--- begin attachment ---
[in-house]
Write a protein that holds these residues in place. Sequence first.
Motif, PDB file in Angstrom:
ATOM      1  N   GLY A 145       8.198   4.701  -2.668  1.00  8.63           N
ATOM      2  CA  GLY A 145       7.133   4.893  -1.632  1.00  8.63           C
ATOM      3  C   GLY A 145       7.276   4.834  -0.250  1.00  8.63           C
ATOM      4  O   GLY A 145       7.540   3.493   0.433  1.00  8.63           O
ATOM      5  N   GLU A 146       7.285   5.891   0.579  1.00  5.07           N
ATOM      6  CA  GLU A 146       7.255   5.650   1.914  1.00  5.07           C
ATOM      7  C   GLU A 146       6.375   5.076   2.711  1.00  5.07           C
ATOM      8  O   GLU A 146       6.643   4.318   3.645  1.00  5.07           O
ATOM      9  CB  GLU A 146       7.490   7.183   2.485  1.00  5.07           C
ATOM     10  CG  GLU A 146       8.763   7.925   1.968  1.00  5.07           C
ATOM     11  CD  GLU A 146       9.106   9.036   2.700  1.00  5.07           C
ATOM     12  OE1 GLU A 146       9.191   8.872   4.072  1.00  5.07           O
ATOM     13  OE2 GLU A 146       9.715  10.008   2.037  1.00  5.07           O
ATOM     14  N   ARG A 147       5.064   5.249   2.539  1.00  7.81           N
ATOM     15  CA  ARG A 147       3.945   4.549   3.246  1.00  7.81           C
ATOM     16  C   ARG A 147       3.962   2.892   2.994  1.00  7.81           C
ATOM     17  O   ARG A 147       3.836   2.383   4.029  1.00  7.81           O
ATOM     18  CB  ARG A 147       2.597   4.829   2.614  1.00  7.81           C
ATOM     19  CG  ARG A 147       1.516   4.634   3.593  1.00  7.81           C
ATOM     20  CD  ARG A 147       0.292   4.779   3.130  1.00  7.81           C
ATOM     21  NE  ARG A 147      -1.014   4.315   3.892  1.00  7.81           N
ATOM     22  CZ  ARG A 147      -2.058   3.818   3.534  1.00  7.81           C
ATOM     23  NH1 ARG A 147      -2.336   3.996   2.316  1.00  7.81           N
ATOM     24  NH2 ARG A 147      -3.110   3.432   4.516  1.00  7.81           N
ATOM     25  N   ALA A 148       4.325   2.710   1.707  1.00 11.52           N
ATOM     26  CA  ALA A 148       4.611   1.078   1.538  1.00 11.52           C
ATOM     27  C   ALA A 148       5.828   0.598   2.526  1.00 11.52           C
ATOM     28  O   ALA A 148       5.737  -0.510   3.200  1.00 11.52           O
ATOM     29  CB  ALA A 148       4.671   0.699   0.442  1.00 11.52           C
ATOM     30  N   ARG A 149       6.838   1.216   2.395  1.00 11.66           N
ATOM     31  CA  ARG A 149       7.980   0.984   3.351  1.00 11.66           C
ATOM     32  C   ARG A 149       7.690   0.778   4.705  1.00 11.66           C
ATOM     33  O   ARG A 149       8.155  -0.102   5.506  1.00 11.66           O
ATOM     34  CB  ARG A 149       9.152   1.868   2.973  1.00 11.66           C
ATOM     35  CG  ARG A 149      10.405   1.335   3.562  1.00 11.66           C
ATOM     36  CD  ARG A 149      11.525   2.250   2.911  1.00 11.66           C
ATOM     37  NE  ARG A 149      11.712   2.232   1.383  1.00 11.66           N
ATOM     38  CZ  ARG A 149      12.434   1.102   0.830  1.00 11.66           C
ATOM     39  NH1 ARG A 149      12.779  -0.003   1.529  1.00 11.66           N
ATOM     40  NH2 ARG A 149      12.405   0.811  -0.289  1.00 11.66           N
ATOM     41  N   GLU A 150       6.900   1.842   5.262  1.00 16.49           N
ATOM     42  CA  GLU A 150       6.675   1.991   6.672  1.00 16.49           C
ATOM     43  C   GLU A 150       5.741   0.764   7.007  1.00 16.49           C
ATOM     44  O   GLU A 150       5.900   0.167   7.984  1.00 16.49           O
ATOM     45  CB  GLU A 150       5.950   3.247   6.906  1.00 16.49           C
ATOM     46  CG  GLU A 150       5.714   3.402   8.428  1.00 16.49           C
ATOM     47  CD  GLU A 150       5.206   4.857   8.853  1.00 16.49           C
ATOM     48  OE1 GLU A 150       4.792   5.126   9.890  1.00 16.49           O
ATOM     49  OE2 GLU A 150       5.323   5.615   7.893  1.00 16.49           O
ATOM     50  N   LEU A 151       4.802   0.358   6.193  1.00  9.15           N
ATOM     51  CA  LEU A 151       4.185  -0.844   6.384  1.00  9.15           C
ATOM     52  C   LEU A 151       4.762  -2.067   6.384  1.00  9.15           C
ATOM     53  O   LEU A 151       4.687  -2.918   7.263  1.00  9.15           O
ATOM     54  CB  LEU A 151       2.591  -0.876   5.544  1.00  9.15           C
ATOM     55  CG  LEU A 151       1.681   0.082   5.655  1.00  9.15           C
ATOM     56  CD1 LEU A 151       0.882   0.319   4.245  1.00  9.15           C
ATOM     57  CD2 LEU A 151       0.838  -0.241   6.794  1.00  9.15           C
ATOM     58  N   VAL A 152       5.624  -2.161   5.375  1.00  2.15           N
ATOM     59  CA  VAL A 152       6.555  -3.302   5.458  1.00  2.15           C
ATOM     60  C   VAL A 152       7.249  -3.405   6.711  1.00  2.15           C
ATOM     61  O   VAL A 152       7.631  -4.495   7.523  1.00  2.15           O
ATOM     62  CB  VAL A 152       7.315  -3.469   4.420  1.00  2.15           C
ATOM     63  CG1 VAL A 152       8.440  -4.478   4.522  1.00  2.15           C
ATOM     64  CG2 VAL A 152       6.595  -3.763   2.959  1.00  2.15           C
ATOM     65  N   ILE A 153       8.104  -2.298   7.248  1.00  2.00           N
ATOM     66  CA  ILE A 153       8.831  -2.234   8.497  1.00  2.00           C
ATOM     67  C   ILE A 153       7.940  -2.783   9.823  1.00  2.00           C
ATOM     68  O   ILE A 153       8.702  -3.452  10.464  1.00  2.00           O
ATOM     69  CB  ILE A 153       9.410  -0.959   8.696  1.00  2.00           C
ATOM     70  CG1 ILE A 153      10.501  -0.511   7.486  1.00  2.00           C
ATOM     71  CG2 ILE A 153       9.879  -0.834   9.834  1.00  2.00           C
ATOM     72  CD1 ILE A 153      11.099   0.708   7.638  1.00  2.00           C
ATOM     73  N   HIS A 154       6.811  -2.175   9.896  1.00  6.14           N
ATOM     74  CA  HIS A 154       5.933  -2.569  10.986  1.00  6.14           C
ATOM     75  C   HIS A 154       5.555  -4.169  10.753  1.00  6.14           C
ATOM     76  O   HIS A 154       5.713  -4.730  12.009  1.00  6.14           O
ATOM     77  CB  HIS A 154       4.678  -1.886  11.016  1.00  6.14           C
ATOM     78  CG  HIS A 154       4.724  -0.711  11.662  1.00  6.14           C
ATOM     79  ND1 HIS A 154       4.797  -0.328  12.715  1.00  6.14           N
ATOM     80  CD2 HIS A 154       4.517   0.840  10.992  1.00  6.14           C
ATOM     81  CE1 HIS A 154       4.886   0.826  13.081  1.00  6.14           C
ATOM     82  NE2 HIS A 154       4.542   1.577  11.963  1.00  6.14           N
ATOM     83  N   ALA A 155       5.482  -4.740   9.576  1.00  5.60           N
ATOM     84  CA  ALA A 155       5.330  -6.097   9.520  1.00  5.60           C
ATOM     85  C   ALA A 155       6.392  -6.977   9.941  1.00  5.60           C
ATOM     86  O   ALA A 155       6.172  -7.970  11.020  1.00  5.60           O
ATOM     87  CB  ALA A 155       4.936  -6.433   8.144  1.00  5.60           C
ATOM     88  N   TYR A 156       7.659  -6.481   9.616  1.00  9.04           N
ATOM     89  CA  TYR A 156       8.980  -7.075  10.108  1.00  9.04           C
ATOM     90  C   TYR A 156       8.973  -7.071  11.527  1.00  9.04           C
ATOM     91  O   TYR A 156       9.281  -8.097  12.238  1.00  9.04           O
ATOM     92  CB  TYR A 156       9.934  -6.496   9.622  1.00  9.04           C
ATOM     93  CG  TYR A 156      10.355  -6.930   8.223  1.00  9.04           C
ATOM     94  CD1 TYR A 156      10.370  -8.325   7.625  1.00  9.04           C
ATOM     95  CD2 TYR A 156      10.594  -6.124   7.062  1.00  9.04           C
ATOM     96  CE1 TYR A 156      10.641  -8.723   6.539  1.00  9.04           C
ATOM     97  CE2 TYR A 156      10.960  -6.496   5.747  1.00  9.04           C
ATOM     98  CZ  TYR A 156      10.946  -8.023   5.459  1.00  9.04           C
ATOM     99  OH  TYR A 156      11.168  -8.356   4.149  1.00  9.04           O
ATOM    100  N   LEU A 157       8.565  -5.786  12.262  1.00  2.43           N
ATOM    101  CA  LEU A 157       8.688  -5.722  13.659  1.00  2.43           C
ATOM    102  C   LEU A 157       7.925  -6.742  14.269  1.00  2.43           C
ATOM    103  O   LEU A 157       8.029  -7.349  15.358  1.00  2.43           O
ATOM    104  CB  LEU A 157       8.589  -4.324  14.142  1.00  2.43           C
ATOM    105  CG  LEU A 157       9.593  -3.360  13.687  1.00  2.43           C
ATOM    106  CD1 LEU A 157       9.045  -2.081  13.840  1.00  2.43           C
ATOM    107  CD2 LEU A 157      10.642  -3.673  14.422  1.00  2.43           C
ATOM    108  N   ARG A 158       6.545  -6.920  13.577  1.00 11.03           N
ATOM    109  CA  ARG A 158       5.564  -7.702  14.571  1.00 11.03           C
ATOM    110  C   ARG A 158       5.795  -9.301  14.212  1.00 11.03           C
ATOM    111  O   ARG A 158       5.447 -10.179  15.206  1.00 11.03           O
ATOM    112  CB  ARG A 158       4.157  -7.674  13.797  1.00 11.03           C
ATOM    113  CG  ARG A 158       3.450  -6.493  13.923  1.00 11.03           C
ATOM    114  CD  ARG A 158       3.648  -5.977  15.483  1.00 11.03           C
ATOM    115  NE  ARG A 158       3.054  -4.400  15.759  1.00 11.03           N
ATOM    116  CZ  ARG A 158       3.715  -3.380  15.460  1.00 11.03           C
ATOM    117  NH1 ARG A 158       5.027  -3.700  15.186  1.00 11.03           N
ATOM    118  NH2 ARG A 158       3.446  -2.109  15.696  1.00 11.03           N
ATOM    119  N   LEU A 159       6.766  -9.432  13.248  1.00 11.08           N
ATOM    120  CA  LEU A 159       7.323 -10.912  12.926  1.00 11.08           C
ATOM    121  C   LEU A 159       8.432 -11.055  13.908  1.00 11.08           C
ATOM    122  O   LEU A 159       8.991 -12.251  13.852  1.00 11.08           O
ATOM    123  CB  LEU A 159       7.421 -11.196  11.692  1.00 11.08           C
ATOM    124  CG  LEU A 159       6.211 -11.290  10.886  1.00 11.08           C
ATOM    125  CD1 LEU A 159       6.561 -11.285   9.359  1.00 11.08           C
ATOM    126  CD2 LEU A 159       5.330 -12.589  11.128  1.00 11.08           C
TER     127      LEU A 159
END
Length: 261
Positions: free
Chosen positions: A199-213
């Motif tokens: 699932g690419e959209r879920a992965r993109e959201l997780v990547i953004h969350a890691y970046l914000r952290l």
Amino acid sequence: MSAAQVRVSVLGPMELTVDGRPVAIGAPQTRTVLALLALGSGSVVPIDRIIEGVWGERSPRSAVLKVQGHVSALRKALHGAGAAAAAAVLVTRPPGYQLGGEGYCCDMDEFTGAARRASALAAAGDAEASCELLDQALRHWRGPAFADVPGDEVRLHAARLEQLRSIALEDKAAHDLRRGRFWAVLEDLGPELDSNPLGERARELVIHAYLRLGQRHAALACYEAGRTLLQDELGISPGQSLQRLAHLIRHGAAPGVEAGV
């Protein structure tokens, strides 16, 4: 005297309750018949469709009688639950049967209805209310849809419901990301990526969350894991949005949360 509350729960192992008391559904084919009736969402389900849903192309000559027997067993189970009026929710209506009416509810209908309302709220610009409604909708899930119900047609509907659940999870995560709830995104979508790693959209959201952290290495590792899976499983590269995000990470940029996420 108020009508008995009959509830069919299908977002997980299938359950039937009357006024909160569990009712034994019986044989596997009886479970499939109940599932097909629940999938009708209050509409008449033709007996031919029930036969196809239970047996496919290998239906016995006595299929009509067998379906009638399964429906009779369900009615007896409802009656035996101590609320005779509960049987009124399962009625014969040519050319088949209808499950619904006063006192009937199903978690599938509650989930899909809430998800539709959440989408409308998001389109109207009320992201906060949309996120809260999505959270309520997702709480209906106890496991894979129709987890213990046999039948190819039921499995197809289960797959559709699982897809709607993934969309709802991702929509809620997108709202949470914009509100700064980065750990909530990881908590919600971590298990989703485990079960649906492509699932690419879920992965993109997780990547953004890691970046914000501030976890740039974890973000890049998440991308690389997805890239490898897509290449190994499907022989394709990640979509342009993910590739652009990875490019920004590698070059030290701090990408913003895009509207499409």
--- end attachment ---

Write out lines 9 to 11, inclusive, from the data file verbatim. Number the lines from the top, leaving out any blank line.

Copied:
ATOM      6  CA  GLU A 146       7.255   5.650   1.914  1.00  5.07           C
ATOM      7  C   GLU A 146       6.375   5.076   2.711  1.00  5.07           C
ATOM      8  O   GLU A 146       6.643   4.318   3.645  1.00  5.07           O